With news of Actos’ association with an increased risk of bladder cancer, many current and former Actos users may be looking for additional information on bladder cancer screenings, symptoms and stages. The information provided below is meant as a helpful starting point for any Actos users who want to address their bladder cancer concerns with their doctor.
Common symptoms of bladder cancer include blood in the urine, changes in the color of your urine, pain during urination and changes in your urination habits. Experiencing these symptoms should always be a signal to go see your doctor to be properly screened. However, experiencing these symptoms does not necessarily mean that you have bladder cancer. Bladder cancer is often asymptomatic, especially in its early stages.
One of the methods to test for bladder cancer is a procedure known as a cystoscopy. During a cystoscopy, a very thin, tubular scope is passed through the urethra. This provides your doctor with a view of your bladder. Some scopes have a tool that allows the removal of small tissue samples for further testing. The purpose of the cystoscopy is to view any abnormal areas within the bladder or the bladder’s lining.
Stage 0 –
Stage 0 cancer is classified as the discovery of abnormal cells within the lining of the bladder that may develop into cancer. Depending on the type of cells discovered, this may be further classified as papillary carcinoma – small mushroom like cells within the lining of the bladder or carcinoma – a cluster of flat cells in the lining’s tissue.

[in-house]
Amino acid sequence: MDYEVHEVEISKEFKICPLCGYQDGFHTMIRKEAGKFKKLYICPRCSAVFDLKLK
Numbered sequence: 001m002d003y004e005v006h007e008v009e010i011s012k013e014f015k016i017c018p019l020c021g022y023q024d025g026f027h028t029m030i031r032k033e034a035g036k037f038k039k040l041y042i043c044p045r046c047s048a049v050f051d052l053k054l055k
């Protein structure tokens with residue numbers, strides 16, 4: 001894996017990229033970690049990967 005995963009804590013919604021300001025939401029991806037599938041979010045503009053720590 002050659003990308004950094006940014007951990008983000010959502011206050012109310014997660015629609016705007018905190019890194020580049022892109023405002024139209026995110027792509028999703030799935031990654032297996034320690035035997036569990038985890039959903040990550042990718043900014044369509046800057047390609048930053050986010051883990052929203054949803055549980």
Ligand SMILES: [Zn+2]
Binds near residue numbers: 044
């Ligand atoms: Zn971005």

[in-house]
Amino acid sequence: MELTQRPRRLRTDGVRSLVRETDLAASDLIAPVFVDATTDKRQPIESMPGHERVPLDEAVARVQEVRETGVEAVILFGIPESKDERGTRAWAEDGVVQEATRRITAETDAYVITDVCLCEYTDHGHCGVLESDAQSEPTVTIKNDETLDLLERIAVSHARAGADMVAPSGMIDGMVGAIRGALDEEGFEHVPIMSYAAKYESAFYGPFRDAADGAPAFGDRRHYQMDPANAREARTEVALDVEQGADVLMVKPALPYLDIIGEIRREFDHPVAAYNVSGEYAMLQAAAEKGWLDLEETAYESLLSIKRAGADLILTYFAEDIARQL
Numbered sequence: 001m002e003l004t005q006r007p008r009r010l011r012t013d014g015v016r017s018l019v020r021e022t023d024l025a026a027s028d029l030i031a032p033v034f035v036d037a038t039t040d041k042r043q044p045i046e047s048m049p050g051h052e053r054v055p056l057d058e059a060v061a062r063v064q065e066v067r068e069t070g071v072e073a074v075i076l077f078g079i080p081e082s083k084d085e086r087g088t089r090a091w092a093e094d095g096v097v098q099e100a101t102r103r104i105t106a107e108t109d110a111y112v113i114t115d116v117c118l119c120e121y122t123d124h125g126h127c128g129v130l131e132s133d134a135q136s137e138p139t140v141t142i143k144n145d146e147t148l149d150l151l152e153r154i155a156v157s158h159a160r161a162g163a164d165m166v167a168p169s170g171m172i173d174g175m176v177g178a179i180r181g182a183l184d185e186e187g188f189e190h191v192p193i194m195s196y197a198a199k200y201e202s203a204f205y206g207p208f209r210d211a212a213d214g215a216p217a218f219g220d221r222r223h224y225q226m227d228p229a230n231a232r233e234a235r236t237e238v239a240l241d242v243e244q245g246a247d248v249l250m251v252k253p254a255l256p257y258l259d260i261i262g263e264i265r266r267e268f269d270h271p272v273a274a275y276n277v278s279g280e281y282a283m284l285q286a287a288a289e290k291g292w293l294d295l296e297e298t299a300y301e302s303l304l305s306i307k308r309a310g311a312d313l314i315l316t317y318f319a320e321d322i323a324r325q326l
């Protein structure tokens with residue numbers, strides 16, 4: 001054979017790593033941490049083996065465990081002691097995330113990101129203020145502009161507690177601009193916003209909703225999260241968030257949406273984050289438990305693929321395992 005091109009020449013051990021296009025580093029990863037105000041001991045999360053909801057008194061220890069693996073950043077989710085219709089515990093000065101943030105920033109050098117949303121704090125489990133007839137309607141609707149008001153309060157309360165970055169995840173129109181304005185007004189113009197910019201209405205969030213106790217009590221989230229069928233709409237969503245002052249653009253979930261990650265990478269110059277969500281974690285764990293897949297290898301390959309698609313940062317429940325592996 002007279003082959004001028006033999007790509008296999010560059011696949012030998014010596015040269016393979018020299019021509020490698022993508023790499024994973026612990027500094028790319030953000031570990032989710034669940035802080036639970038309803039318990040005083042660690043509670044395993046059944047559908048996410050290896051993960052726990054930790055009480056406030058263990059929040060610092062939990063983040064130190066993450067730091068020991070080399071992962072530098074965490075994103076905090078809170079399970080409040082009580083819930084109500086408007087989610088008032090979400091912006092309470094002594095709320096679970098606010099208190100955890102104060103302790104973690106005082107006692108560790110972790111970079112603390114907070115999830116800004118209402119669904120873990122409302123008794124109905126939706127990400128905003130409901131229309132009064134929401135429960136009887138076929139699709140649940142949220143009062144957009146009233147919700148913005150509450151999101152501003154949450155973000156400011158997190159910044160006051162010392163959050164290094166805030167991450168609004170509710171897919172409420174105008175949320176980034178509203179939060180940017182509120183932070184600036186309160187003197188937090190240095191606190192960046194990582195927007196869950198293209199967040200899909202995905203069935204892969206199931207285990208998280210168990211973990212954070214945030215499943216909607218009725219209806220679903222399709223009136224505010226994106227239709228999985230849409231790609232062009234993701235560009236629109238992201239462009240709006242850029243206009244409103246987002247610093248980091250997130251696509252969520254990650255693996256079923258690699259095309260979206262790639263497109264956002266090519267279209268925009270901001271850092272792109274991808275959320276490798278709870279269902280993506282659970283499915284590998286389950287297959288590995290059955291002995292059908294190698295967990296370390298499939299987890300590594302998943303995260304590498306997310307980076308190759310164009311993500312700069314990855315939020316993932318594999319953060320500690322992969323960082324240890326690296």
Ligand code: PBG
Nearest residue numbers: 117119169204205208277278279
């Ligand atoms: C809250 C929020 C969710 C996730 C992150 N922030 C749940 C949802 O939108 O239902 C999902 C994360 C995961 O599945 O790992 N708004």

In Stage III, cancer has spread from the bladder to the tissue surrounding the bladder and may have spread to the reproductive organs. For example, bladder cancer often spreads to the prostate (men), seminal vesicles, uterus (women), or vagina (women).
In stage IV, cancer has spread from the bladder to the abdomen or pelvis. Cancer may have also spread to one or more of the lymph nodes or other parts of the body.
If you used Actos’ for more than one year, you may have an increased risk of developing bladder cancer. See (http://www.fda.gov/Drugs/DrugSafety/ucm259150.htm) and should see your doctor for further information about your risk of bladder risk.
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